So at the conclusion of the 2014 World Cup and just prior to the Germany team being freshly medalled and handed the great trophy, Argentina’s captain and talisman Lionel Messi is dragged up almost against his will to receive the player of the tournament accolade – an award that looked like it didn’t mean a great deal to him and an ill-timed fuss that seemed only to add to his embarrassment and self-consciousness.
It was a slightly uncomfortable moment, but more than that it has drawn a lot of criticism from football commentators and fans alike who don’t believe Messi deserved the Golden Ball award.
The problem with someone of Lionel Messi’s stature is the level of expectation placed on him. He has been such an exceptional player, such a master of his art, for so many years now that everyone takes it for granted that he must be extraordinary in every game or tournament. They place a level of expectation on him that isn’t applied to others, not even say Cristiano Ronaldo. It’s easier for a James Rodriguez or to some extent even Neymar to impress, because the expectation is lower and they can surprise people.
Lionel Messi performed exceptionally in this World Cup. Apart from Maradona (yes, Maradona – that comparison must be irritating the life out of Lionel Messi by now), Argentina has never had a single individual player so single-handedly drag them through a tournament like Messi did this time around. This is an Argentina squad that almost lost to Iran and only got three points from that encounter because of Messi taking the initiative at the very end. He did that two other times in the tournament too. This was not a great Argentina squad. Without Messi they would have gotten nowhere near the final.
If Messi had enjoyed the kind of squad around him that Argentina boasted in previous World Cup tournaments, such as 2006 for example, he would’ve had that much more freedom to excel and to exert his powers. If Messi as he is now was in a team with players like Riquelme, Aimar, Crespo or Batistuta, to name just a few, his performance level and Argentina’s would be a whole different story.
Many believe Argentina was the best team in 2006 even though they were eliminated at the quarter final stage. By contrast, they certainly were not the second best team in the tournament this time and yet they got themselves to the final – on the shoulders of one player.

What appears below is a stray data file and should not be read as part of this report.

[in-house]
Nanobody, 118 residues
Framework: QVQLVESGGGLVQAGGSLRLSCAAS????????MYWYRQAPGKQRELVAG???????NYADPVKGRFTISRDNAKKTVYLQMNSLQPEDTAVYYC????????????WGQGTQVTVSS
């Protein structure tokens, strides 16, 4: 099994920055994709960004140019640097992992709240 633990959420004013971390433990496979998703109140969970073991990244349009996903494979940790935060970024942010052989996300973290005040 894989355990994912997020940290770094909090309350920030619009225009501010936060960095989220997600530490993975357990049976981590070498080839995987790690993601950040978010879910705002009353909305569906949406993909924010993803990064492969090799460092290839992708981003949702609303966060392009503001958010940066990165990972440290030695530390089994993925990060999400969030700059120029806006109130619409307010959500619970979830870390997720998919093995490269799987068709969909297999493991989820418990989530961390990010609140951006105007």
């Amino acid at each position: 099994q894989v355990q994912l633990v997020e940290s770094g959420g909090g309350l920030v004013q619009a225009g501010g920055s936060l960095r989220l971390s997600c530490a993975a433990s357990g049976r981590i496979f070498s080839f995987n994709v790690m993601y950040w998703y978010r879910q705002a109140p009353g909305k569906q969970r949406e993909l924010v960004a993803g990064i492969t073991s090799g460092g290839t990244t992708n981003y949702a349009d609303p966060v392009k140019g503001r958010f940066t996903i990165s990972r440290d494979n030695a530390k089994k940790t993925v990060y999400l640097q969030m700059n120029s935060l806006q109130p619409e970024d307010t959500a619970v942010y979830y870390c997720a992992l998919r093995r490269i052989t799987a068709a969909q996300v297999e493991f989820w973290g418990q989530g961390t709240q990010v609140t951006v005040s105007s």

As much as Germany’s World Cup triumph has been an advert for team ethic, coordination and organization, this World Cup has also highlighted the pros and cons of having teams built around a single individual talent. The post Luis Figo Portugeuesse set-up is utterly ineffective and cannot prosper by placing everything on the shoulders of Cristiano Ronaldo. Uruguay without Luis Suarez were utterly ineffective. Brazil without Neymar fell to pieces. And Argentina lives and dies by Lionel Messi.
Messi’s performance in the final itself wasn’t as lacking as some commentators are making out. It was a close match. Argentina could’ve won it two or three times in normal time. Messi didn’t play badly by any stretch of the imagination – he just didn’t live up to the level of expectation that people have of him.
But Argentina lost the Italia 90 final to Germany too and by the same score-line – in 1990 Maradona couldn’t conjure the magic to breach Lothar Matthaus’s German squad, and in 2014 neither could Messi: but Messi came closer. Argentina’s 1990 final performance was a shambles that descended into a disgrace.
But again Argentina would not have been in this year’s final at all without Messi. So why such objection to his being awarded player of the tournament?
Because he wasn’t on the winning side? The award is intended for an outstanding individual performance over the tournament, not for an outstanding team nor for an individual performance in the final itself. And yes, while Ayern Robben, James Rodriguez and a number of others should also be recognised, there can be no real argument against Lionel Messi.
Germany were overall more than worthy World Champions this time around; just as much as they were in 1990 with Lothar Matthaus, Jurgen Klinsmann and the others. But I believe the next time around will be Messi’s time.